5.3. Standard treatment guidelines are not adhered to among health practitioners.
5.4. Medical errors contribute to waste and adverse outcomes for patients.
6.1. All public health facilities need to be upgraded to Indian Public Health Standards in a time-bound manner.
6.2. Institutional arrangements for measuring and certifying quality standards need to be built into the design of health facilities.
6.3. Health facilities can be provided incentives for superior performance on pre-set criteria, which can be shared with the team to achieve and improve the quality rating.
6.4. Clinical audits, reporting systems for medical errors that help to identify and learn from these errors may be set up.
6.5. Research into patient safety, methods to identify and prevent medical errors as well as dissemination of information to health care providers and administrators on methods to prevent errors may be carried out.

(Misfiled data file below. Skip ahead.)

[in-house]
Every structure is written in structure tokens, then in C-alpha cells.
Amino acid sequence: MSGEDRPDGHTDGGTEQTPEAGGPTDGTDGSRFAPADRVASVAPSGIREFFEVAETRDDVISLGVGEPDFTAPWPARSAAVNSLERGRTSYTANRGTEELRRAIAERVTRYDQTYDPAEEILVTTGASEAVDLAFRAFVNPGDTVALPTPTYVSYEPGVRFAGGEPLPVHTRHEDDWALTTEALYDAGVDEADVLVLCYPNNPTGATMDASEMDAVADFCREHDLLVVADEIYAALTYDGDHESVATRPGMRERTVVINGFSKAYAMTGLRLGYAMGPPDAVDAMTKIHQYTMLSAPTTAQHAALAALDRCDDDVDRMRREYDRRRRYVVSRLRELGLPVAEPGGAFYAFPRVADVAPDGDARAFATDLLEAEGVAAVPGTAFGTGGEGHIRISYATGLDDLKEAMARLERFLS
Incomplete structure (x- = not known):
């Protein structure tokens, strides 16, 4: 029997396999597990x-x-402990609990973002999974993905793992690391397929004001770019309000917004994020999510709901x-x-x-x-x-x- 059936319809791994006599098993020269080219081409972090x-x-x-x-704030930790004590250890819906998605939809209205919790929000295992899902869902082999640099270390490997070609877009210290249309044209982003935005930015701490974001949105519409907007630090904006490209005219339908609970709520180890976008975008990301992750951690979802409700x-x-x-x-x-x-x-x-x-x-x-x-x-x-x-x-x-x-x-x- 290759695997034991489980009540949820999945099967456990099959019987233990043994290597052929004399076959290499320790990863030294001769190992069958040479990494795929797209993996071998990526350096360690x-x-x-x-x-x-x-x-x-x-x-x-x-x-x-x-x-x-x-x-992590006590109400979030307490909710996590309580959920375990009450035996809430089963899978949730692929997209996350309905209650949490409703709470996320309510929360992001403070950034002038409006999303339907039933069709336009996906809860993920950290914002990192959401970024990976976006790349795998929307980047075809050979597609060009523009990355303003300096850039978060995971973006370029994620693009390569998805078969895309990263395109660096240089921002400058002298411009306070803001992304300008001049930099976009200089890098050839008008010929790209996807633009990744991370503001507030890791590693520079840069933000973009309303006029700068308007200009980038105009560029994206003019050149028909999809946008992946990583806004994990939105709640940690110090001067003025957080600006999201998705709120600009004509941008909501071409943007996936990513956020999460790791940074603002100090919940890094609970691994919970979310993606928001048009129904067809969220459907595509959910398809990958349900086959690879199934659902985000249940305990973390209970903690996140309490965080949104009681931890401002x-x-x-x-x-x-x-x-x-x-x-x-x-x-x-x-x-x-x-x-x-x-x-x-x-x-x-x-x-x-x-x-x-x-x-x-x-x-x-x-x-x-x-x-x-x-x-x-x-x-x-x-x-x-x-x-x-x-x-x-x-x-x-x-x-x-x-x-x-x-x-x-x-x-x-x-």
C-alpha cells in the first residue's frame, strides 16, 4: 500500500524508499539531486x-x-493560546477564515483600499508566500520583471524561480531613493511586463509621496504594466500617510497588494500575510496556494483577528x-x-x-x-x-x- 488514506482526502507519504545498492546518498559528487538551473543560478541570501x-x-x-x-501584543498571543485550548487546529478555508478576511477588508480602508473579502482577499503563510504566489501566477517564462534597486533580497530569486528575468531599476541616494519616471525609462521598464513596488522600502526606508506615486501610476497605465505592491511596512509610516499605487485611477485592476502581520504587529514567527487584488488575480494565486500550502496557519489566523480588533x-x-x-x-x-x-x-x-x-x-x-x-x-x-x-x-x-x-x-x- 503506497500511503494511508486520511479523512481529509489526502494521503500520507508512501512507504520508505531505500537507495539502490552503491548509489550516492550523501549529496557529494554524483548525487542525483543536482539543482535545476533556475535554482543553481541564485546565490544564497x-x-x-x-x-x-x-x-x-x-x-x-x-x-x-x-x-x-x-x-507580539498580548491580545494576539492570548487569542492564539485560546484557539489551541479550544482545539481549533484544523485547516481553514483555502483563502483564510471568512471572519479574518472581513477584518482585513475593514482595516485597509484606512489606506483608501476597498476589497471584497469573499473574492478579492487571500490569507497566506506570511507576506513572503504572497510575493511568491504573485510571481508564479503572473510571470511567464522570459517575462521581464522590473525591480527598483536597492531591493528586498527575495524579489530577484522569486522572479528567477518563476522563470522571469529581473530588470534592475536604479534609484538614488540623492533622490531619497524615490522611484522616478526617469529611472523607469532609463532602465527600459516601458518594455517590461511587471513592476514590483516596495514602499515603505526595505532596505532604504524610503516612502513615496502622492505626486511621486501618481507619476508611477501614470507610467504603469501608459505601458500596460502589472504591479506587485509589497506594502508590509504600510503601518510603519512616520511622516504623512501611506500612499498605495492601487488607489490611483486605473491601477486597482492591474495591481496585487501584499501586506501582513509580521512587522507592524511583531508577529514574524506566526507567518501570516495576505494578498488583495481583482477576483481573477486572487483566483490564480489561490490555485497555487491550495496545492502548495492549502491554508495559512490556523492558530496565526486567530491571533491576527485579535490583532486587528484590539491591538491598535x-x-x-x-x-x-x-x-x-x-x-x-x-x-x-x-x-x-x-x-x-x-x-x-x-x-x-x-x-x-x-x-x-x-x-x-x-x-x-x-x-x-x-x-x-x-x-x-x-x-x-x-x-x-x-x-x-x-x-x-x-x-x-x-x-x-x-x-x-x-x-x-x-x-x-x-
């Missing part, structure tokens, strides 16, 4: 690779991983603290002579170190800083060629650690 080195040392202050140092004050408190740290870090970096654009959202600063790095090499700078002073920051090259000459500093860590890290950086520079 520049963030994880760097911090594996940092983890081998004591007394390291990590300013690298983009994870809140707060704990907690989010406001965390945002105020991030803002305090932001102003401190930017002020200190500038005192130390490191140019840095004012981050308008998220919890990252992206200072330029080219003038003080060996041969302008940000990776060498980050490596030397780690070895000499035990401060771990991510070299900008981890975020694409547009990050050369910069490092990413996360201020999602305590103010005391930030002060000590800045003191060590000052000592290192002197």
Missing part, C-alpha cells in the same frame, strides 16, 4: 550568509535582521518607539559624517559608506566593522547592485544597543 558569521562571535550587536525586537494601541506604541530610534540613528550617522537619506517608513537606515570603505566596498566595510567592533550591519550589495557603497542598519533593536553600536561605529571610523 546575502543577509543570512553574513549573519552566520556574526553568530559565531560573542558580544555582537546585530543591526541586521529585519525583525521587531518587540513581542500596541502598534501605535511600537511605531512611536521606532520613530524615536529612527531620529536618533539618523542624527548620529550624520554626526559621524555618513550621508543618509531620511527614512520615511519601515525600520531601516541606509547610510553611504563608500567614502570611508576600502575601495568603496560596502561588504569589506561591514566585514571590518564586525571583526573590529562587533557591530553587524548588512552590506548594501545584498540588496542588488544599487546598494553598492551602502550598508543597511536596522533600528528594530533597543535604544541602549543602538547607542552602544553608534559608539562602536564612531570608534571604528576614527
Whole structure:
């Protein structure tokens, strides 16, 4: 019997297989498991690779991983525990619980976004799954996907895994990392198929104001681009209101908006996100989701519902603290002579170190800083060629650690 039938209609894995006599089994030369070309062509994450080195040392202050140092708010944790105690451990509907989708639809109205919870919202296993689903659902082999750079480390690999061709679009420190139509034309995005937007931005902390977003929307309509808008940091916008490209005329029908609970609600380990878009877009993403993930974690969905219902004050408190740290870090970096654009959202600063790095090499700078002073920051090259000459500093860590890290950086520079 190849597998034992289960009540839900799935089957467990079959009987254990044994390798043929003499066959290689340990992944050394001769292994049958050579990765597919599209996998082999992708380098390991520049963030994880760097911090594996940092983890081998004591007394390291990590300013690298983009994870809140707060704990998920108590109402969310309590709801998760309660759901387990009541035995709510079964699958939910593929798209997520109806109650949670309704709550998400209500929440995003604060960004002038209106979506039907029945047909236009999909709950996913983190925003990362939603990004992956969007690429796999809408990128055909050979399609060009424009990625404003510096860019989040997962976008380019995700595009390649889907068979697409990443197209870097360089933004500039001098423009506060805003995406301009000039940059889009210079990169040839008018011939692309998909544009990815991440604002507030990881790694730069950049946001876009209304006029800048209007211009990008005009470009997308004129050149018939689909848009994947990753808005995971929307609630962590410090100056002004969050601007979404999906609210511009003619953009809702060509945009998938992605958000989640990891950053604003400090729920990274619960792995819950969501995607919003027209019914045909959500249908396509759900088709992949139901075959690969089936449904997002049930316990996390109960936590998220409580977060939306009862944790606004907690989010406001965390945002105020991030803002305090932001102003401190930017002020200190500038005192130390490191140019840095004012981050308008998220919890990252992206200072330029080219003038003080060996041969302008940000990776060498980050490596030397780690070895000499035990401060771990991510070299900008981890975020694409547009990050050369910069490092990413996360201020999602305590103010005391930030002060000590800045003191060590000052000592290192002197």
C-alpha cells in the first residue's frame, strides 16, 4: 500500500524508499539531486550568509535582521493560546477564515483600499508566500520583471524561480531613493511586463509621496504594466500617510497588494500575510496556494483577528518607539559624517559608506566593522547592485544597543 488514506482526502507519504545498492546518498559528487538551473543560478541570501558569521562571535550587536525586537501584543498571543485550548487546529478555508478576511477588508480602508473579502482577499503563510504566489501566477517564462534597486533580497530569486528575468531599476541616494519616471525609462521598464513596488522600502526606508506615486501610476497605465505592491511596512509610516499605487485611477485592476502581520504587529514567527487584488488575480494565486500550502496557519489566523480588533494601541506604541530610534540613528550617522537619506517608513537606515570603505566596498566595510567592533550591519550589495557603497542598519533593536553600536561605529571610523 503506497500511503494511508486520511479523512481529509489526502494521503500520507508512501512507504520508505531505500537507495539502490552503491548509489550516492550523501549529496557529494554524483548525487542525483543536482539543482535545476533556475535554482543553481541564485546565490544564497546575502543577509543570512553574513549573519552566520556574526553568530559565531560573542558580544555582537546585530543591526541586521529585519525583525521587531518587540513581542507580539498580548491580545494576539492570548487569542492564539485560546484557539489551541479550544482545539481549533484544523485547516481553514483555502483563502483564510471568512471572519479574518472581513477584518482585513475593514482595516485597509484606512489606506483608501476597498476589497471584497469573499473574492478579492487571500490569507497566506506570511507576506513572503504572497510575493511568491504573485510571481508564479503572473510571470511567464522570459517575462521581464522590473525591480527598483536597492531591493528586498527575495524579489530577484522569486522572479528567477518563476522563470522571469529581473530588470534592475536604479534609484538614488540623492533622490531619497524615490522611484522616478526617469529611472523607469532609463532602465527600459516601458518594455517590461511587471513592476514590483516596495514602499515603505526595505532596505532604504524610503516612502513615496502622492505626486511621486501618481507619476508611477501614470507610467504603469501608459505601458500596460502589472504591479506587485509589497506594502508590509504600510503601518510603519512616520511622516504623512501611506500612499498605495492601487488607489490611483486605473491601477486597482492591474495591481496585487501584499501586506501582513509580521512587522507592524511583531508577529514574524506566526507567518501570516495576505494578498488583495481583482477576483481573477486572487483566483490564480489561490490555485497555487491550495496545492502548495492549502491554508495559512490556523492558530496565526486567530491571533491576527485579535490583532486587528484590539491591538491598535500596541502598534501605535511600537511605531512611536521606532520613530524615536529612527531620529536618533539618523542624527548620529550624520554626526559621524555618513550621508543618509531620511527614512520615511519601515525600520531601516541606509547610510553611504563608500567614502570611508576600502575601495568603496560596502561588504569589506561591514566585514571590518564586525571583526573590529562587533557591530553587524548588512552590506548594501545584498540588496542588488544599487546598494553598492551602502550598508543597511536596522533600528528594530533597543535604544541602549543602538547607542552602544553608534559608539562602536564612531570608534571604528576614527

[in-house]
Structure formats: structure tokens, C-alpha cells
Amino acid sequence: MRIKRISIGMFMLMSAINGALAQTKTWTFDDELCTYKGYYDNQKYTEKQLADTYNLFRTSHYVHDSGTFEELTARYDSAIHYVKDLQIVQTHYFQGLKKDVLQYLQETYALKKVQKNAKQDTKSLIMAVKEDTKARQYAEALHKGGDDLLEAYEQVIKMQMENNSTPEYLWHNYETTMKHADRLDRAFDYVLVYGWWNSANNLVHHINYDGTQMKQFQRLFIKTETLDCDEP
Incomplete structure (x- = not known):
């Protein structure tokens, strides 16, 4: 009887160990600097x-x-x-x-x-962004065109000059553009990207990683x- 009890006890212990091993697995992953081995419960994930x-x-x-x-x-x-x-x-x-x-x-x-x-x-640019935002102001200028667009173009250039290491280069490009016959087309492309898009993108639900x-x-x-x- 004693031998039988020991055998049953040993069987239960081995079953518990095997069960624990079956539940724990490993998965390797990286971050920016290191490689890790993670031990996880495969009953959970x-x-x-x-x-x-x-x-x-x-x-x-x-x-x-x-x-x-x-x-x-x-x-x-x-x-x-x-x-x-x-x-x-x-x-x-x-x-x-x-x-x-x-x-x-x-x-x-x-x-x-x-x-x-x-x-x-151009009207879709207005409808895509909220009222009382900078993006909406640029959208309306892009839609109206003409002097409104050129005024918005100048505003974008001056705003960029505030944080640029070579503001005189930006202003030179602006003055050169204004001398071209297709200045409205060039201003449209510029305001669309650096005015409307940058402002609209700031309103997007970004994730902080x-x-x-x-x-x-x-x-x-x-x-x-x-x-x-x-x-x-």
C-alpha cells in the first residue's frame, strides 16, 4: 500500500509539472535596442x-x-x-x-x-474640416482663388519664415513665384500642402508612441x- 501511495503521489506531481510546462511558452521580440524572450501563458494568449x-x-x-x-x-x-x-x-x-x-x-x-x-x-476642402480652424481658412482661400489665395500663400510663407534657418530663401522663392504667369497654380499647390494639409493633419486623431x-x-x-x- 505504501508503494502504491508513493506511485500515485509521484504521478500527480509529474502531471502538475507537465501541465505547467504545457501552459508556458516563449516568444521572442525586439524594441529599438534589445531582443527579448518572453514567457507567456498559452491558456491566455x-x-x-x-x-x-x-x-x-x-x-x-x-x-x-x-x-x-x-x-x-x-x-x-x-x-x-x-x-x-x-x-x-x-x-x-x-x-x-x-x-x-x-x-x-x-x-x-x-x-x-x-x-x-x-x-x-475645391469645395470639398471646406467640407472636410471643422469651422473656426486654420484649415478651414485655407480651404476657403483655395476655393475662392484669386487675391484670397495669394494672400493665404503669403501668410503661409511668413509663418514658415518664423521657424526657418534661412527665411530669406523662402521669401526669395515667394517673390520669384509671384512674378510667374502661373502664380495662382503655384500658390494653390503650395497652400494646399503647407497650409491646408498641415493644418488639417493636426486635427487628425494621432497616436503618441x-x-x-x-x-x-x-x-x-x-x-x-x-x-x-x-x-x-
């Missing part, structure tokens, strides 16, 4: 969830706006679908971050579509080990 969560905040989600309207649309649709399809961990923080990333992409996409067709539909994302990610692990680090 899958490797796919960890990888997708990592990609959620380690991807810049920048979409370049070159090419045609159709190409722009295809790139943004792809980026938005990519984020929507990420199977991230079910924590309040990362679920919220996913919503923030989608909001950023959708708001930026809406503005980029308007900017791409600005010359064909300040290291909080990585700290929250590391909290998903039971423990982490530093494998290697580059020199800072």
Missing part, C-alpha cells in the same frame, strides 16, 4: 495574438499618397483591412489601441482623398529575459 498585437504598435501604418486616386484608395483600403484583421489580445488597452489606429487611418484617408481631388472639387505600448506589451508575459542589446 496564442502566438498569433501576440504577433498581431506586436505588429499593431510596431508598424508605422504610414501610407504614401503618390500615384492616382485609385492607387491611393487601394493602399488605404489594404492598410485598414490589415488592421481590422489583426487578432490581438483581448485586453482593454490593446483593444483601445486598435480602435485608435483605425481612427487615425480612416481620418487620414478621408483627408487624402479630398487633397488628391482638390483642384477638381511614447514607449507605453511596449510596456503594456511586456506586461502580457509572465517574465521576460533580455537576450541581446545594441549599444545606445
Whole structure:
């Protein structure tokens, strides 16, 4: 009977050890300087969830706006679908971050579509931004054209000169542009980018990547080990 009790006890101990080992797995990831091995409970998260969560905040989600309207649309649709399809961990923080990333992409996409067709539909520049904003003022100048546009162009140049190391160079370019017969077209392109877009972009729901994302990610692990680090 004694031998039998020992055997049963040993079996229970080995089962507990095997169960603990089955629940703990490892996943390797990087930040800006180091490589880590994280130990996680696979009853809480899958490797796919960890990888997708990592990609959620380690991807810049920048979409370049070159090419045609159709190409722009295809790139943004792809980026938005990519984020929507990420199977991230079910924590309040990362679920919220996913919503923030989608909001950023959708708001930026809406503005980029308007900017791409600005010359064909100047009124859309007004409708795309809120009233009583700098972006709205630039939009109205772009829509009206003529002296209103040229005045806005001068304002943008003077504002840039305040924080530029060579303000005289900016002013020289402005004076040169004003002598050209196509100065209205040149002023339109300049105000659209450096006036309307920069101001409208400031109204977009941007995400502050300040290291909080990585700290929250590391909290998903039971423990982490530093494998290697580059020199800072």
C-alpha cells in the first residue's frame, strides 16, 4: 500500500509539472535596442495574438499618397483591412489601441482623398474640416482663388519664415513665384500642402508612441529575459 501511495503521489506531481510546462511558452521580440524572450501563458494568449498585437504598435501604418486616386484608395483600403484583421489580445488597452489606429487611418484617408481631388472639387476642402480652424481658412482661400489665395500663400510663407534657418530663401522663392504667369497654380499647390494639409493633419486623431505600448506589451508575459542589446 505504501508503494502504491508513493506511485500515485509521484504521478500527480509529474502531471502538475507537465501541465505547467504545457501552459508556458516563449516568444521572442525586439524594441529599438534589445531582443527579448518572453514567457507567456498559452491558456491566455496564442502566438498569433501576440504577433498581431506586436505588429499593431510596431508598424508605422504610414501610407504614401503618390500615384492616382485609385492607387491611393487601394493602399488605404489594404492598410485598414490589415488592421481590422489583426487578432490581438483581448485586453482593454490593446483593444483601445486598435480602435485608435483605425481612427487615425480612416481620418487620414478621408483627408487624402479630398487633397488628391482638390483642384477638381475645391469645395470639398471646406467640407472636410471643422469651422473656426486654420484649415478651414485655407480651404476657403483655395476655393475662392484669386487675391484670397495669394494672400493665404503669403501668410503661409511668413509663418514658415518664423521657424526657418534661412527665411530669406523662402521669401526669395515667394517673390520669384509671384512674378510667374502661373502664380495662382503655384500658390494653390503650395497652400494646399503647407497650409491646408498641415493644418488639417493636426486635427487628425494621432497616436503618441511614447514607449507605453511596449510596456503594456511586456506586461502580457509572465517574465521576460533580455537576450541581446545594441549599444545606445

d. Community Participation and Client rights
7. 1. There is inadequate involvement of the community in the achievement of health system strengthening outcomes.
7. 2. There is insufficient focus on the rights of beneficiaries/clients of the health system.
8.1. Panchayati Raj Institutions (PRIs) should be made responsible for improving public health outcomes of their area. PRIs may be encouraged to be more responsive and perform planning, delivery, monitoring and evaluation of health services.
8.2. States may make the Village Health Sanitation and Nutrition Committees as the operational arm of Panchayats in prioritizing and strengthening activities under the Health sector and its determinants.1
8.3. Incentivization of communities through awards such as Nirmal Gram Puraskar under Swachh Bharat Abhiyaan may be undertaken to increase community participation in improving health outcomes.
8.4. Adoption of accountability mechanisms that focus on community based systems such as citizens’ charter, patients’ rights, social audits, public hearings and grievance redressal mechanisms may be prioritized.1,2
8.5. There should be effective enforcement of the provisions of the Clinical Establishments Act including putting in place a Charter/ Bill of Patients’ rights as part of the Act.